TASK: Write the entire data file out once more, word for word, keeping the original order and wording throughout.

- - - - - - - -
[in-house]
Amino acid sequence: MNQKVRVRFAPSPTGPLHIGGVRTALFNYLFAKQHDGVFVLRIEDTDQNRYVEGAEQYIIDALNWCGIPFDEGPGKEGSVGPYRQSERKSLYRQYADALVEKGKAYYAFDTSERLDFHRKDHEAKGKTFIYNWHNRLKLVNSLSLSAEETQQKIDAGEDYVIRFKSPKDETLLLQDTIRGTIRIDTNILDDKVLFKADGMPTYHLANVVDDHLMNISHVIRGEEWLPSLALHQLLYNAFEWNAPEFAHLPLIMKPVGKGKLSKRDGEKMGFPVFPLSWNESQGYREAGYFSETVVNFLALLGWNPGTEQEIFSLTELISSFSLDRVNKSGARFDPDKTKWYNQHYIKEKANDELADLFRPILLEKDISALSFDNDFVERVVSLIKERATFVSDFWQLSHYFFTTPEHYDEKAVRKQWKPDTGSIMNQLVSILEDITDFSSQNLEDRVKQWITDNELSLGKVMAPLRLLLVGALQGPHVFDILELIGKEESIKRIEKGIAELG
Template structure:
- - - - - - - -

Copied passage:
[in-house]
Amino acid sequence: MNQKVRVRFAPSPTGPLHIGGVRTALFNYLFAKQHDGVFVLRIEDTDQNRYVEGAEQYIIDALNWCGIPFDEGPGKEGSVGPYRQSERKSLYRQYADALVEKGKAYYAFDTSERLDFHRKDHEAKGKTFIYNWHNRLKLVNSLSLSAEETQQKIDAGEDYVIRFKSPKDETLLLQDTIRGTIRIDTNILDDKVLFKADGMPTYHLANVVDDHLMNISHVIRGEEWLPSLALHQLLYNAFEWNAPEFAHLPLIMKPVGKGKLSKRDGEKMGFPVFPLSWNESQGYREAGYFSETVVNFLALLGWNPGTEQEIFSLTELISSFSLDRVNKSGARFDPDKTKWYNQHYIKEKANDELADLFRPILLEKDISALSFDNDFVERVVSLIKERATFVSDFWQLSHYFFTTPEHYDEKAVRKQWKPDTGSIMNQLVSILEDITDFSSQNLEDRVKQWITDNELSLGKVMAPLRLLLVGALQGPHVFDILELIGKEESIKRIEKGIAELG
Template structure: